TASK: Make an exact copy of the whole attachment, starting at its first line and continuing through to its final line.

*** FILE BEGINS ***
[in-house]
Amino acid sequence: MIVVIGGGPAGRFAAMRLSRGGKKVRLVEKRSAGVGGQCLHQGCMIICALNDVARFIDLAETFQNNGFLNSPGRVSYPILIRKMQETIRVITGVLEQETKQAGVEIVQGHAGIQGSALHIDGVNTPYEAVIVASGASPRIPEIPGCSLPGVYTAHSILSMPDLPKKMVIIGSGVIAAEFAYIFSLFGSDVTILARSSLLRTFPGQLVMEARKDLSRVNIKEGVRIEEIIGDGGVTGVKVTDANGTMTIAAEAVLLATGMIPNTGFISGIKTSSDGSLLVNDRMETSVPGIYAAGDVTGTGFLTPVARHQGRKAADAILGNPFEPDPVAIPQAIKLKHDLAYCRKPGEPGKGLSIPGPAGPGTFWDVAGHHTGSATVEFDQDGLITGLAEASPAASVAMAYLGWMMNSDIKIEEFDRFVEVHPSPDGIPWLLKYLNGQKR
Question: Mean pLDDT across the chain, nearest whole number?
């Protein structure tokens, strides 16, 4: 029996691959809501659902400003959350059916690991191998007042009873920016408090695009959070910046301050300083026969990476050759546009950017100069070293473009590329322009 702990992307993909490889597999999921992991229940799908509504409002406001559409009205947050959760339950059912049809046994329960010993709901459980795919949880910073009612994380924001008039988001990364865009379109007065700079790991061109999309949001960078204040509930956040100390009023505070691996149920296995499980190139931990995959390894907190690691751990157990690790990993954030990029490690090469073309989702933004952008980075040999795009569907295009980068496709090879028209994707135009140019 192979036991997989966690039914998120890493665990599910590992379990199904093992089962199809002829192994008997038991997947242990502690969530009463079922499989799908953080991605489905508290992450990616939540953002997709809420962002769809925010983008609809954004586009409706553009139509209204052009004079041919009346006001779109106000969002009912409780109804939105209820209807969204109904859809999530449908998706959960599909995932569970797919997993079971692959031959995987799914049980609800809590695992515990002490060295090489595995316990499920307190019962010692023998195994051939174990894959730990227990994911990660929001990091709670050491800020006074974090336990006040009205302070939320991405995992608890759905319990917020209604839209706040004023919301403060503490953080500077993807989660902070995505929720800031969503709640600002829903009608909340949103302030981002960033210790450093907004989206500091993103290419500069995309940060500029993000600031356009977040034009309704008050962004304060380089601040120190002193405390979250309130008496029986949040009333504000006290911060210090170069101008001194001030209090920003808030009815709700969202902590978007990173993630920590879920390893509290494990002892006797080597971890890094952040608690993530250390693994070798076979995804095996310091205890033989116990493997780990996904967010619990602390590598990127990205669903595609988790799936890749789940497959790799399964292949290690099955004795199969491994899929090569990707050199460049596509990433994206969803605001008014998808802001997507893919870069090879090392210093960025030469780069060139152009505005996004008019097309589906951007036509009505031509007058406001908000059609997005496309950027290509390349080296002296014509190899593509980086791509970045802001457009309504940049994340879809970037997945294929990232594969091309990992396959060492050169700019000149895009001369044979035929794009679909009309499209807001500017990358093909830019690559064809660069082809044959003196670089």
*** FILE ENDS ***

[in-house]
Amino acid sequence: MIVVIGGGPAGRFAAMRLSRGGKKVRLVEKRSAGVGGQCLHQGCMIICALNDVARFIDLAETFQNNGFLNSPGRVSYPILIRKMQETIRVITGVLEQETKQAGVEIVQGHAGIQGSALHIDGVNTPYEAVIVASGASPRIPEIPGCSLPGVYTAHSILSMPDLPKKMVIIGSGVIAAEFAYIFSLFGSDVTILARSSLLRTFPGQLVMEARKDLSRVNIKEGVRIEEIIGDGGVTGVKVTDANGTMTIAAEAVLLATGMIPNTGFISGIKTSSDGSLLVNDRMETSVPGIYAAGDVTGTGFLTPVARHQGRKAADAILGNPFEPDPVAIPQAIKLKHDLAYCRKPGEPGKGLSIPGPAGPGTFWDVAGHHTGSATVEFDQDGLITGLAEASPAASVAMAYLGWMMNSDIKIEEFDRFVEVHPSPDGIPWLLKYLNGQKR
Question: Mean pLDDT across the chain, nearest whole number?
């Protein structure tokens, strides 16, 4: 029996691959809501659902400003959350059916690991191998007042009873920016408090695009959070910046301050300083026969990476050759546009950017100069070293473009590329322009 702990992307993909490889597999999921992991229940799908509504409002406001559409009205947050959760339950059912049809046994329960010993709901459980795919949880910073009612994380924001008039988001990364865009379109007065700079790991061109999309949001960078204040509930956040100390009023505070691996149920296995499980190139931990995959390894907190690691751990157990690790990993954030990029490690090469073309989702933004952008980075040999795009569907295009980068496709090879028209994707135009140019 192979036991997989966690039914998120890493665990599910590992379990199904093992089962199809002829192994008997038991997947242990502690969530009463079922499989799908953080991605489905508290992450990616939540953002997709809420962002769809925010983008609809954004586009409706553009139509209204052009004079041919009346006001779109106000969002009912409780109804939105209820209807969204109904859809999530449908998706959960599909995932569970797919997993079971692959031959995987799914049980609800809590695992515990002490060295090489595995316990499920307190019962010692023998195994051939174990894959730990227990994911990660929001990091709670050491800020006074974090336990006040009205302070939320991405995992608890759905319990917020209604839209706040004023919301403060503490953080500077993807989660902070995505929720800031969503709640600002829903009608909340949103302030981002960033210790450093907004989206500091993103290419500069995309940060500029993000600031356009977040034009309704008050962004304060380089601040120190002193405390979250309130008496029986949040009333504000006290911060210090170069101008001194001030209090920003808030009815709700969202902590978007990173993630920590879920390893509290494990002892006797080597971890890094952040608690993530250390693994070798076979995804095996310091205890033989116990493997780990996904967010619990602390590598990127990205669903595609988790799936890749789940497959790799399964292949290690099955004795199969491994899929090569990707050199460049596509990433994206969803605001008014998808802001997507893919870069090879090392210093960025030469780069060139152009505005996004008019097309589906951007036509009505031509007058406001908000059609997005496309950027290509390349080296002296014509190899593509980086791509970045802001457009309504940049994340879809970037997945294929990232594969091309990992396959060492050169700019000149895009001369044979035929794009679909009309499209807001500017990358093909830019690559064809660069082809044959003196670089």